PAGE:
• Hi Jason. Unless the walls are pristine, which I doubt at 100 years old, you would want to lay a primer on: this seals any stains and ensures your final paint will not have stains (latex paint will not do this for you). So, have a look at some low-toxic primers with some sealing qualities. They are not too expensive and you can apply quickly.

      Sheen is totally up to you: flat is nice unless you have little ones with messy hands on walls. If so, eggshell still looks nice and you can clean it well. Some flats today, esp Ben Moore, can also be cleaned but may show some wipe marks.

      Good luck. Let us know the result. Photos before and after are always helpful to others.


  7. Hello:
    I have plaster walls throughout the house, circa 1860, and have noticed a dark patina above and around the walls of cast iron radiators, hot water, not steam. The dark patina shows the outlines of the underlining lath. The house is only mildly insulated. Could the dark skeletal image of the lath on the walls be caused by mold or the combination of cold plaster and rising hot air?
    I notice the further along the wall from the radiator the less dark is the image. Also, the ceiling directly above the radiator does not shows signs of darkness.

    I suppose I could wait until warmer weather, clean the walls, and see what happens but would like to attack the problem now.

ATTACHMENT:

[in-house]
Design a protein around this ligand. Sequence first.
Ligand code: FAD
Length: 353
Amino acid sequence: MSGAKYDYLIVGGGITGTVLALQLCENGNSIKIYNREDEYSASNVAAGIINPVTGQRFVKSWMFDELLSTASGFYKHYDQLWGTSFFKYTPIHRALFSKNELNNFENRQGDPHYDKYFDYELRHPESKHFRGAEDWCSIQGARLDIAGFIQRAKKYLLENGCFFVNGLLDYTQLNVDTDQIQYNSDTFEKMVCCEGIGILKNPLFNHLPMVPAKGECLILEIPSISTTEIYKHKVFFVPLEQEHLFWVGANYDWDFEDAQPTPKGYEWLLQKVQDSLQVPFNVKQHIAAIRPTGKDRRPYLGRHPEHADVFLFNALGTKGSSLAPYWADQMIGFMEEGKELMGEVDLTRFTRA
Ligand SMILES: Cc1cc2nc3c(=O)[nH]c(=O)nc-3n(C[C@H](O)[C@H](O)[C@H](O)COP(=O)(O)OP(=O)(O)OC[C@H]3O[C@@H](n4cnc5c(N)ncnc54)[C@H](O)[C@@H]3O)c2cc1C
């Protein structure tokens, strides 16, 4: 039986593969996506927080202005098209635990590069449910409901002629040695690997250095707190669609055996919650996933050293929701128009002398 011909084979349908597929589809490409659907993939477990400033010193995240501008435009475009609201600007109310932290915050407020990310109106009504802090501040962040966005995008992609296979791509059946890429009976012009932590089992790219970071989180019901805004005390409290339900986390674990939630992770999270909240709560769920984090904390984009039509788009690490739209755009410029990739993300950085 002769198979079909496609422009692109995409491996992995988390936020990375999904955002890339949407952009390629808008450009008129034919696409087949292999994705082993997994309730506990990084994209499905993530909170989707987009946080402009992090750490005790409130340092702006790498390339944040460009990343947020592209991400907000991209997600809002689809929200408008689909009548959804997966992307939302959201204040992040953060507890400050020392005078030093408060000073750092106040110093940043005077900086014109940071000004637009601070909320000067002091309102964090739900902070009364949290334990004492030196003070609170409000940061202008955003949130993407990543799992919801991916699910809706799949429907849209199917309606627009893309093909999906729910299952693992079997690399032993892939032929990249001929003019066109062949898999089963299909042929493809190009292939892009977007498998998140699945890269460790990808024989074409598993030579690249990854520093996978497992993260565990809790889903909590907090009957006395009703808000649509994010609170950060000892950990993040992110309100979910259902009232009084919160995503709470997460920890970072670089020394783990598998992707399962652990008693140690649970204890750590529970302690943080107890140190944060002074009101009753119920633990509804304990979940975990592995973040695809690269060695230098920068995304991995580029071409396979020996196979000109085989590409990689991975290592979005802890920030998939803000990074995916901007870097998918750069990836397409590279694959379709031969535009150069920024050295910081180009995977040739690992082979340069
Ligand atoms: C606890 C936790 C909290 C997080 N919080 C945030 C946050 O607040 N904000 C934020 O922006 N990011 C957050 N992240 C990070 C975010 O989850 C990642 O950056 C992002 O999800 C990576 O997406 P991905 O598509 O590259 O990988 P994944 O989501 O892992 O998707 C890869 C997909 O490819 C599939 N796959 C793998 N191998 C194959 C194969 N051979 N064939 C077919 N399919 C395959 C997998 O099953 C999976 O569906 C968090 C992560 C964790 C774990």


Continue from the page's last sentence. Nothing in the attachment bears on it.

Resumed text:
• Hi Mike. Depending on your location and atmosphere (near water?), and age of last paint job I would think it could be mold, but that is obvious: black spots, colonies of cells. If you can send a pic, that would help me, but for now, I’m guessing the on/off heat cycle near the radiators has allowed common dust to settle into the wall leaving a permanent mark. This does happen over time. If this is the case, we hope it is, just paint a test section with your top coat and see if the mark bleeds thru. Certainly, not a bad idea to hit it with a bleach solution first, but please open all windows for some time and/or wear a chemical respirator. Bleach is a deadly poison. I have a post recommending the best respirator for the money. When you are done, if you can reply here, and I can post the pics of before and after. This will help others in the future. Good luck!

  8. file:///C:/Users/mikes/Downloads/image1.jpeg

    Thanks for getting back to me so quickly: I think if you copy the link above and paste you should see a good picture of the problem.

    The ceiling has about a 60 degree slant at the top – which is where you will see shadows of the lath extending from the corner for another 8 feet. The shadows also do extend downward toward the radiator and slightly across the adjacent wall, also somewhat across the ceiling above the radiator. The walls and ceiling are old plaster painted with latex. The walls had been previously papered ( approximately 50 years +-) with vinyl paper.